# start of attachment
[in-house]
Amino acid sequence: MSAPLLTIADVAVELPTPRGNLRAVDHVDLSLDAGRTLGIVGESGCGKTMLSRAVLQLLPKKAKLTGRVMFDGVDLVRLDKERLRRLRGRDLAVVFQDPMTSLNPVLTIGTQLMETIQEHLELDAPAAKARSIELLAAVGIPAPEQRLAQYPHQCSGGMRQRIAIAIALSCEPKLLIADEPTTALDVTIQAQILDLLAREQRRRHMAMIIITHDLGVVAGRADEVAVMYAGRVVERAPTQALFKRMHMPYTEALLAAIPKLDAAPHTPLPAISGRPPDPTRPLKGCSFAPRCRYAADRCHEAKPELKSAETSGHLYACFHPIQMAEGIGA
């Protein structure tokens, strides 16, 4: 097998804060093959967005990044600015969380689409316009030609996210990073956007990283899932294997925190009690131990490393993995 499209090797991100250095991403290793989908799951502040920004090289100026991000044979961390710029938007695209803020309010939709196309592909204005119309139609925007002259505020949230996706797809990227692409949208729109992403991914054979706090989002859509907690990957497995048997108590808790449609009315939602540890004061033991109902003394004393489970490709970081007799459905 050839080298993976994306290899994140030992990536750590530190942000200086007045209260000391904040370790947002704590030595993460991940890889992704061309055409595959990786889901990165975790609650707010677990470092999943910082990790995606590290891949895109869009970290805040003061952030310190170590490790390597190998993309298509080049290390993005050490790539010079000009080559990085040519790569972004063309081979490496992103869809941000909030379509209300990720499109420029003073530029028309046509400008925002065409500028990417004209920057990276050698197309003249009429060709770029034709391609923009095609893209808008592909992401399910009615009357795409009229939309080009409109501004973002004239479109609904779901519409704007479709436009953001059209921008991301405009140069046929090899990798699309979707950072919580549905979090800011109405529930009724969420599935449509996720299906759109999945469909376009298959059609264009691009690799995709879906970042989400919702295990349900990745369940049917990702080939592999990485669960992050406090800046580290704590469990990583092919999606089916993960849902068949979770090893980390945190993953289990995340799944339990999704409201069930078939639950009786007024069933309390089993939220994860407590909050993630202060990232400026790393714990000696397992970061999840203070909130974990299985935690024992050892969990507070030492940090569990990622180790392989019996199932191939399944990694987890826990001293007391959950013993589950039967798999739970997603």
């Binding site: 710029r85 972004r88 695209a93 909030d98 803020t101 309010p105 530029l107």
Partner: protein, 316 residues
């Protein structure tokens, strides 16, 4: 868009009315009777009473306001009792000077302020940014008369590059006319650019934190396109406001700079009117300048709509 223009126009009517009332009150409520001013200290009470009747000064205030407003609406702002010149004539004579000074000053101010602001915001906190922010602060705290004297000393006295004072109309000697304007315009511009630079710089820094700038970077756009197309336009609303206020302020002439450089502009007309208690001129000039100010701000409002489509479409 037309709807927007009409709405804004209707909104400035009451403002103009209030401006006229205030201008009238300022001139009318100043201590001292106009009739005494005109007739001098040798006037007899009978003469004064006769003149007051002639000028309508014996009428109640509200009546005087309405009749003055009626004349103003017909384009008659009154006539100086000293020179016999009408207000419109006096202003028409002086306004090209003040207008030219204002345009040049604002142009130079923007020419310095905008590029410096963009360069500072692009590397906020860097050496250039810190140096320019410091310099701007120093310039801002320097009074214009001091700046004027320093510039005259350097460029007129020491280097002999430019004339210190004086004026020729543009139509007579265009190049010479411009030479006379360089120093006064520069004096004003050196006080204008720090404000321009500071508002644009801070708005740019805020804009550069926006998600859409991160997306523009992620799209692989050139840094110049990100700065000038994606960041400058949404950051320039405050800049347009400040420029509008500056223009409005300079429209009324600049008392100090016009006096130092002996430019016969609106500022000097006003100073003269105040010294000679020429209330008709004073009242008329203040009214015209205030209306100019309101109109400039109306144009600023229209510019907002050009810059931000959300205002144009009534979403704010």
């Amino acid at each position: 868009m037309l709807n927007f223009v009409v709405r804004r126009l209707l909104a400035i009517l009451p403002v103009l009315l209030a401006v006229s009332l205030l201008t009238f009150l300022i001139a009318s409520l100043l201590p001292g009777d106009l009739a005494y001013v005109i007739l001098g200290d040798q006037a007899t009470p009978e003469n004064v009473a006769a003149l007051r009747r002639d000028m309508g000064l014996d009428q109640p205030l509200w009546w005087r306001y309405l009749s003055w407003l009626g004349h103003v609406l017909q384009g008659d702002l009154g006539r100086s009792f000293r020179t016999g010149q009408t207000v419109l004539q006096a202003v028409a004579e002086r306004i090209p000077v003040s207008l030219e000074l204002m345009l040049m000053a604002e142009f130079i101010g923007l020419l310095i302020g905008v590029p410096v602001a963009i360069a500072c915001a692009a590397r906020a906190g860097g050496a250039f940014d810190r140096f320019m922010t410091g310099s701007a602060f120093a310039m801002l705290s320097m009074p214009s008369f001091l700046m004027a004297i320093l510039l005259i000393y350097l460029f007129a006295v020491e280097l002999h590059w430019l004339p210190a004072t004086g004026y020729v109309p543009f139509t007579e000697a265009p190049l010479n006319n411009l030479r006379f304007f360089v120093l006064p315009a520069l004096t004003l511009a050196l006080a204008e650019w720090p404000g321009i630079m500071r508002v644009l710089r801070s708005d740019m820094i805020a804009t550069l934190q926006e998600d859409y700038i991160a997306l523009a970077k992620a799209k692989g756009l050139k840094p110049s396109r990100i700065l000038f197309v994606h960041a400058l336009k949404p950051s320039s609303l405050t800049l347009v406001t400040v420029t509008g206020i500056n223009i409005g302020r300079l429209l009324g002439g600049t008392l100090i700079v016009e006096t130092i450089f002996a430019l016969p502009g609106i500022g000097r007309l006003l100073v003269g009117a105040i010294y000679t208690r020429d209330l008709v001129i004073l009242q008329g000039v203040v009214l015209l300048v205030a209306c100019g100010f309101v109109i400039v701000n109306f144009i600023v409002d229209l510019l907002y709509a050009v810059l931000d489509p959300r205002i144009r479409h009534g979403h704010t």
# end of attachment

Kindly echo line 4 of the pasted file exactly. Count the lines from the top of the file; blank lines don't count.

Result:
């Binding site: 710029r85 972004r88 695209a93 909030d98 803020t101 309010p105 530029l107």